Innovative UK biomass projects are set to receive a £26 million funding boost as the government ramps up its plans to use organic waste to fuel its net-zero aspirations. Organisations that drive biomass productivity in the UK by breeding, planting, cultivating and harvesting organic matter will be able to bid for a slice of the fund to bring their projects to life.
What is biomass?
Biomass is a sustainably derived plant material that can be used as fuel to produce energy to heat and power homes and businesses. Billed as an important part of the UK’s renewable energy mix, biomass can be derived from wood, energy crops, waste from forests and even water-based materials such as algae and seaweed.
Over the past few decades, biomass burning has played an increasingly important role in the UK’s electricity supply and is now the second-largest source of renewable energy. Excess hay, wood, seaweed and algae are a more sustainable way to power the country than coal and oil, particularly given the country’s lofty green targets.
How much funding is available?
Developing greener fuels like biomass is crucial to slashing the UK’s carbon emissions and driving down the costs for consumers. To that means, the government has already given 25 biomass feedstock production projects across the country a share of a £4 million fund under Phase 1 of the Biomass Feedstocks Innovation programme.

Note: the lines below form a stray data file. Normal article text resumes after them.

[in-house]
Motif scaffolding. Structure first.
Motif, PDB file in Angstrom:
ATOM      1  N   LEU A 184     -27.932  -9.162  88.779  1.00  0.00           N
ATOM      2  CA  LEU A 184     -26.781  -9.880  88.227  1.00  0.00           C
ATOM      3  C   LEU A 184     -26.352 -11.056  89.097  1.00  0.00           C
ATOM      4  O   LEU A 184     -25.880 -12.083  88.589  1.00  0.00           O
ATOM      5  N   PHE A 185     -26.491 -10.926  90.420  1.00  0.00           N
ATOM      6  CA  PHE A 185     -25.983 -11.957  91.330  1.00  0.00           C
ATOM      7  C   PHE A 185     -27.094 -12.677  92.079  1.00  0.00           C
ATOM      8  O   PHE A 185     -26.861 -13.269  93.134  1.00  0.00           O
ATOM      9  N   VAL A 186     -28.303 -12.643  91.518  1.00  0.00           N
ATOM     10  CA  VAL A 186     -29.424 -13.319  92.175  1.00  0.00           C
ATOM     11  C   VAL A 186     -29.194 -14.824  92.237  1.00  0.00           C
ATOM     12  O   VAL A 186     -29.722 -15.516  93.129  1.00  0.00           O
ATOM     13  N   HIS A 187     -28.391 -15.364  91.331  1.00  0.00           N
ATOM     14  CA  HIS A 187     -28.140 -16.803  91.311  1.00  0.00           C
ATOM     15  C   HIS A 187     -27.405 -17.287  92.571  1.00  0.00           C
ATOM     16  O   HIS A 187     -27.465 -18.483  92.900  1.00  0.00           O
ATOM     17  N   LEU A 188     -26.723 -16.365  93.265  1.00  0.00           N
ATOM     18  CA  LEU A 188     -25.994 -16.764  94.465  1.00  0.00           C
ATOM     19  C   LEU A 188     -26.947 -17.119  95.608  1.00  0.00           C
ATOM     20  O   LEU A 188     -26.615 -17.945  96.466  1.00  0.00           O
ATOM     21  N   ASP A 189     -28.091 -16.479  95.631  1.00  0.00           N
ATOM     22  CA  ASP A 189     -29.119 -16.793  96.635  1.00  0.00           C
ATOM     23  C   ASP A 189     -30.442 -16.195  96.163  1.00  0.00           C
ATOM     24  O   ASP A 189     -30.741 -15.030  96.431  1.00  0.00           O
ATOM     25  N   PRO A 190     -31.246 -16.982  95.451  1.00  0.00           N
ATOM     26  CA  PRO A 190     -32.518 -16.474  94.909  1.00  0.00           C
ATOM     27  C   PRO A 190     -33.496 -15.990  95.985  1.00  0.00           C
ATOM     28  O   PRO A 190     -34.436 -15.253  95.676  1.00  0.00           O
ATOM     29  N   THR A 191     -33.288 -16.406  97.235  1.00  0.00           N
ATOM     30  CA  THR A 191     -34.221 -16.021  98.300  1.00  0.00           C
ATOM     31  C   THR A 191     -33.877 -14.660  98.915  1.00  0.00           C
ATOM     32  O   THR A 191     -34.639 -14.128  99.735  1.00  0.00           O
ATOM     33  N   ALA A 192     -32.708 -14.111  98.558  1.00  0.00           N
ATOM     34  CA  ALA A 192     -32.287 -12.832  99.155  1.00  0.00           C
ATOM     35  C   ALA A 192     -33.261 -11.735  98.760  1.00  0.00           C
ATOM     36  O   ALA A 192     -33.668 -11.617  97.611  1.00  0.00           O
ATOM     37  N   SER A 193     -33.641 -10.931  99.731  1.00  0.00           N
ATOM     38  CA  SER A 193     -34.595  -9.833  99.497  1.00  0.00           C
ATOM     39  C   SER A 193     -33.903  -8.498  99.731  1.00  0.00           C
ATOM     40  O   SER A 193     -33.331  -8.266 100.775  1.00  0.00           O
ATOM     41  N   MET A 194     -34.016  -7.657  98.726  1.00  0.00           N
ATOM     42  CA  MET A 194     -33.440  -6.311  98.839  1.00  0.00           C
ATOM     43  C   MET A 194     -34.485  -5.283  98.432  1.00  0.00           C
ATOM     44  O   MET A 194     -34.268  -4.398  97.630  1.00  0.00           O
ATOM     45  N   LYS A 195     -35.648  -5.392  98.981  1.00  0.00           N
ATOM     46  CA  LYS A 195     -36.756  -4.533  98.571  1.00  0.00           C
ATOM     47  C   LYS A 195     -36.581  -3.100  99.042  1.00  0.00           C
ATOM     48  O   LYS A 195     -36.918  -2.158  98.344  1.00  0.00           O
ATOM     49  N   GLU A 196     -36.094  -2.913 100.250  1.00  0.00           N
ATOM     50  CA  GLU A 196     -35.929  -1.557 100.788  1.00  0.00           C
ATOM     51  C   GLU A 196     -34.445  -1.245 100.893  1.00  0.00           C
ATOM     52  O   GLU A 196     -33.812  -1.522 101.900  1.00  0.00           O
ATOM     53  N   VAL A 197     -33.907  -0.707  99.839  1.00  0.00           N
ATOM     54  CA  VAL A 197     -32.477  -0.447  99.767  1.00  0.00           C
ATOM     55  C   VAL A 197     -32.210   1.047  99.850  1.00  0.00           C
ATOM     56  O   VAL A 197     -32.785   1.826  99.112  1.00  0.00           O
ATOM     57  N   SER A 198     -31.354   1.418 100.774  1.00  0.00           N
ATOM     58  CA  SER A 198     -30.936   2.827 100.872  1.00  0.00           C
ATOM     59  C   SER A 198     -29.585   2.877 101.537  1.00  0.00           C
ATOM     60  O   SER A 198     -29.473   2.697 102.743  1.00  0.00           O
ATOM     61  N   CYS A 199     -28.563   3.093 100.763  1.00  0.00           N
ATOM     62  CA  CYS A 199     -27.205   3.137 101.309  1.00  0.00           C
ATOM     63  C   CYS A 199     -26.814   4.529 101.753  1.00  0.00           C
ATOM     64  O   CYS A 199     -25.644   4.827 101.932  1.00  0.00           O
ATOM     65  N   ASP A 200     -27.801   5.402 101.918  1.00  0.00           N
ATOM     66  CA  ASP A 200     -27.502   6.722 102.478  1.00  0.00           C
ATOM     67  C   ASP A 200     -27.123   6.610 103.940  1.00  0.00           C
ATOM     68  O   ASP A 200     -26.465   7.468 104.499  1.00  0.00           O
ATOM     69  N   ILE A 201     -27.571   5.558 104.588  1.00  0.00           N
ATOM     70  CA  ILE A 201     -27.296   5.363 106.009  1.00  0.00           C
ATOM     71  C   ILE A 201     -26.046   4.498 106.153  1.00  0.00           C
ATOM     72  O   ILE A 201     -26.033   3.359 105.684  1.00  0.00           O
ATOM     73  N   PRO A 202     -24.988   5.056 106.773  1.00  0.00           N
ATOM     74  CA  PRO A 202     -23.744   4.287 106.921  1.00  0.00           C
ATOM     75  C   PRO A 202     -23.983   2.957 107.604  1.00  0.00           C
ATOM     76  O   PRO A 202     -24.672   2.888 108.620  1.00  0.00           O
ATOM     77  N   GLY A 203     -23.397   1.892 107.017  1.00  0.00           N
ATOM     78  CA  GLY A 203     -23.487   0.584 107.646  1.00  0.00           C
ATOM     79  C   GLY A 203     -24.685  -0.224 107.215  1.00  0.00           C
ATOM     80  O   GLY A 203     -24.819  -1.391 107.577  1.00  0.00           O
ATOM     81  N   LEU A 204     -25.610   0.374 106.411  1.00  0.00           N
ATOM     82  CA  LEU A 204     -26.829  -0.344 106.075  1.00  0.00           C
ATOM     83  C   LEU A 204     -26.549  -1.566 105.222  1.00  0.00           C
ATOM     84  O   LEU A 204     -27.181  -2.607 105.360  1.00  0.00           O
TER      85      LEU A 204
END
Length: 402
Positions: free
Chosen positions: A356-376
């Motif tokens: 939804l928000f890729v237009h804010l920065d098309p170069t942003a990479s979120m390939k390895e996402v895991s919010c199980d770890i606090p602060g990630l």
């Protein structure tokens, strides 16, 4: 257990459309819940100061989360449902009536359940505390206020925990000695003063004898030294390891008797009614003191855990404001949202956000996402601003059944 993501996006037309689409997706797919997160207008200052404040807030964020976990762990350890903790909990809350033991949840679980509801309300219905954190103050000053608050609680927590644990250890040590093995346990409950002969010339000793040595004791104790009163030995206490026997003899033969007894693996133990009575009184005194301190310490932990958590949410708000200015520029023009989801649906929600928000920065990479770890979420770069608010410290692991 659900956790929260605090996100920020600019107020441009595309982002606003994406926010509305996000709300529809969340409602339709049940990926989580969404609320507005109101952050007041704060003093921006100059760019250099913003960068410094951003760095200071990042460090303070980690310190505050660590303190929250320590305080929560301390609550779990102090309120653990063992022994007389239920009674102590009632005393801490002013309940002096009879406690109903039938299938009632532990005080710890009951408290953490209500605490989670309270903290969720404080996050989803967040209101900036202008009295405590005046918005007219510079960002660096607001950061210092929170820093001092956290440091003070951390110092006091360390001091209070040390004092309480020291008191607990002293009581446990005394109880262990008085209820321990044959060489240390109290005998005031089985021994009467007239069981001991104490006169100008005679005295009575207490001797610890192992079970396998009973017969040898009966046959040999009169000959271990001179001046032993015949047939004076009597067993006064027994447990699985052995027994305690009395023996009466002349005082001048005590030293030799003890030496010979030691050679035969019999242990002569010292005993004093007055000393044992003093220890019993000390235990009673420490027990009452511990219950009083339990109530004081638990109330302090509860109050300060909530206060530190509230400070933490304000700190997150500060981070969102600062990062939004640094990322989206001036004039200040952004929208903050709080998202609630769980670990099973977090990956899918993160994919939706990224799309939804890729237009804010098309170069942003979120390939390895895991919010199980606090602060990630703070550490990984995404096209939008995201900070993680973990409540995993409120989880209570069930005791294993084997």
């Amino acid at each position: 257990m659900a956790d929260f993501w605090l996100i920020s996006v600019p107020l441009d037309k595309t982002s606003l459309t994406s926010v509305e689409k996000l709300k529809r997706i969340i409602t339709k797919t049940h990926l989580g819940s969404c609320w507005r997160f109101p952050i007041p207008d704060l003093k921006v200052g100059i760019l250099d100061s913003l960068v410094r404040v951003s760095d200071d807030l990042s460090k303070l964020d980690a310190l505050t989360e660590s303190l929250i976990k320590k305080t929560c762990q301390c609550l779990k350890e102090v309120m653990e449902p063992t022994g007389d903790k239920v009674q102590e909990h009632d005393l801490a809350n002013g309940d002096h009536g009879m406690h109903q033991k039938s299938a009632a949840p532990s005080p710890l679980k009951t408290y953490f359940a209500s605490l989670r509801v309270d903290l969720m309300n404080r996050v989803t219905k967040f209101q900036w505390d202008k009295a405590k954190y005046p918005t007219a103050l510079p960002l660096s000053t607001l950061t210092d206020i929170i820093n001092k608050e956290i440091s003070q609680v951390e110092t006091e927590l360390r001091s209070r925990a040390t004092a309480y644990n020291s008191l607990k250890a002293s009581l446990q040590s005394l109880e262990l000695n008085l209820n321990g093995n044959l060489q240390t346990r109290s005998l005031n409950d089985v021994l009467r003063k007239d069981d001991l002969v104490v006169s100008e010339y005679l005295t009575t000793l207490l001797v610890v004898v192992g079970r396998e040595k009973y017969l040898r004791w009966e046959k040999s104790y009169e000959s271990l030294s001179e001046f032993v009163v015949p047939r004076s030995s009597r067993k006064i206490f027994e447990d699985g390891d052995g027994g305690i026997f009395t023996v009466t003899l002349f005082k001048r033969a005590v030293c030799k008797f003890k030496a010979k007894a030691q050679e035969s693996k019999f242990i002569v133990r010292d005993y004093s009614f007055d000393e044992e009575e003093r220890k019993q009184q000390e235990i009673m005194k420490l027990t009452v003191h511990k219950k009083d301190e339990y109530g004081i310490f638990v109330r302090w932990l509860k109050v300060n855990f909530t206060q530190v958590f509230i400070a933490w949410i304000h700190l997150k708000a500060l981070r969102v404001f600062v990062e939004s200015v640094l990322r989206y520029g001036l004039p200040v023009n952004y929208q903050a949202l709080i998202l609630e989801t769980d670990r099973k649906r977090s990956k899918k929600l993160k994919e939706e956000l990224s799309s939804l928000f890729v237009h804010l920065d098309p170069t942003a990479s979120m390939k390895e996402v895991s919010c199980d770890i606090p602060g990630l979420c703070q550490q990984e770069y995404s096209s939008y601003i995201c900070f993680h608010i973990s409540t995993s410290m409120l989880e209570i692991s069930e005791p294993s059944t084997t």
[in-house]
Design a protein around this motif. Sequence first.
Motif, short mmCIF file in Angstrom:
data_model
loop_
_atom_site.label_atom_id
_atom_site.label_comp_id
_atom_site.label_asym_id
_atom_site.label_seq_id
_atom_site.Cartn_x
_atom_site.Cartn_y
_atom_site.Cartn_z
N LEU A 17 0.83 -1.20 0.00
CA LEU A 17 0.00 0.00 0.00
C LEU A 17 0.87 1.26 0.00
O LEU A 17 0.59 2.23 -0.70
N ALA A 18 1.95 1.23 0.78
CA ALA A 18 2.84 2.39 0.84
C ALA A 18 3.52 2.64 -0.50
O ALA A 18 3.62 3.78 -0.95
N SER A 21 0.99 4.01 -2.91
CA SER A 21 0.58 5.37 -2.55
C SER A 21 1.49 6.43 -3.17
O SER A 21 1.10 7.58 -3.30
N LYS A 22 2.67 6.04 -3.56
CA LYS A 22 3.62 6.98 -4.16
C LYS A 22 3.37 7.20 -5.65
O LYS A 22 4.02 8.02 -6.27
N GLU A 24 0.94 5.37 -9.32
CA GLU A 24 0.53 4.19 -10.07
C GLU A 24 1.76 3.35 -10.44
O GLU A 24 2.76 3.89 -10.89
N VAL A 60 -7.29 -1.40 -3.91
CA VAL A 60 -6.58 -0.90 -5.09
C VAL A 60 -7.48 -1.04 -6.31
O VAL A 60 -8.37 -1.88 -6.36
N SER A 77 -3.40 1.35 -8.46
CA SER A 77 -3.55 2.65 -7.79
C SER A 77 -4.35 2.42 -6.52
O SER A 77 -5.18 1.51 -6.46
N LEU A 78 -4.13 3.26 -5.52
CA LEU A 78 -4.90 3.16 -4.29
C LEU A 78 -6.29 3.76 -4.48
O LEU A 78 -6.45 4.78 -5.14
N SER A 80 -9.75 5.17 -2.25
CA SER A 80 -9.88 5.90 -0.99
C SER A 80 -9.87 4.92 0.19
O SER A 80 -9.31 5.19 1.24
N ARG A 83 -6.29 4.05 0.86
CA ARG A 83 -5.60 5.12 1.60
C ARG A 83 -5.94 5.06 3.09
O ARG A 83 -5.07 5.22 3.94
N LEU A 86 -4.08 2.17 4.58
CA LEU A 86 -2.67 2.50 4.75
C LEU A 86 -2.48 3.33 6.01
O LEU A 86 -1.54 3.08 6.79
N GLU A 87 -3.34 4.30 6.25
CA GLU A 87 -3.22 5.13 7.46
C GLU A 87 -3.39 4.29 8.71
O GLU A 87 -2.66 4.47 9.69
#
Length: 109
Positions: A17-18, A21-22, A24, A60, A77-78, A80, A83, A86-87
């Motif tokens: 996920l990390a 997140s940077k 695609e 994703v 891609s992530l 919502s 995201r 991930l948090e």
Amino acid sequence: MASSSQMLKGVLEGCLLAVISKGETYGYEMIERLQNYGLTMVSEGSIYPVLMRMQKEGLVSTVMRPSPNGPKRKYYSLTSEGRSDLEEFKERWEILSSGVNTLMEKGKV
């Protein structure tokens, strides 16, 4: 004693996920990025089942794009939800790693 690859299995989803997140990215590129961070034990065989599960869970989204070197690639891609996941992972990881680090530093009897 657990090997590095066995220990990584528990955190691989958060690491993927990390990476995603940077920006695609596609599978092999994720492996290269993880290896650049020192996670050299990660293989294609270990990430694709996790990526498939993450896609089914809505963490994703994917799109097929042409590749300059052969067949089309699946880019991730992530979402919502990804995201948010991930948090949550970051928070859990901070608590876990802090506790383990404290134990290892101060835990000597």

Now Phase 2 of the programme, worth a total of £26 million, will support the start-ups, family-run businesses, research institutes and universities that qualified for Phase 1 as they turn their designs into full demonstration projects. The ultimate aim of the fund is to create a homegrown supply of biomass to build a greener future, while also boosting jobs and investment in the renewable energy sector.
What type of projects are being supported?
When it comes to energy, biomass is any organic matter that has been produced and harvested sustainably and can be used to generate energy. This broad definition means that a diverse range of biomass production ideas have been supported under Phase 1 of the scheme. That includes the production of algae from wastewater from dairy industries and breweries, seaweed farming off the North Yorkshire coast and a project to increase the planting and harvesting of willow.
One recipient of Phase 1 of the funding is White Horse Energy, which is applying mobile pelletiser technology to energy crops to create a new source of pellets in the UK market. Aberystwyth University was another recipient. It is working to find ways to improve the breeding of high-yielding and resilient elephant grass in the UK, a grass variety that is well-suited to biomass use.
Welcoming the UK’s growing investment in biomass, Olly Neil, owner and founder of O J Neil Contracting, said: “It’s great to see that the government is backing biomass production in the UK and that so many new producers are now coming to the table. We’ve been producing biomass fuel since 2016 and it’s a proven and reliable source of renewable energy that is carbon neutral, cheaper than fossil fuels and reduces the waste sent to landfill.”
Find out more
At O J Neil Contracting, we provide year-round biomass services across the southeast by harvesting energy crops for biomass producers and supplying straw and virgin wood chips to sustainable power stations. To find out more about our biomass services, please speak to Tom on 01284 811509 or email email@example.com.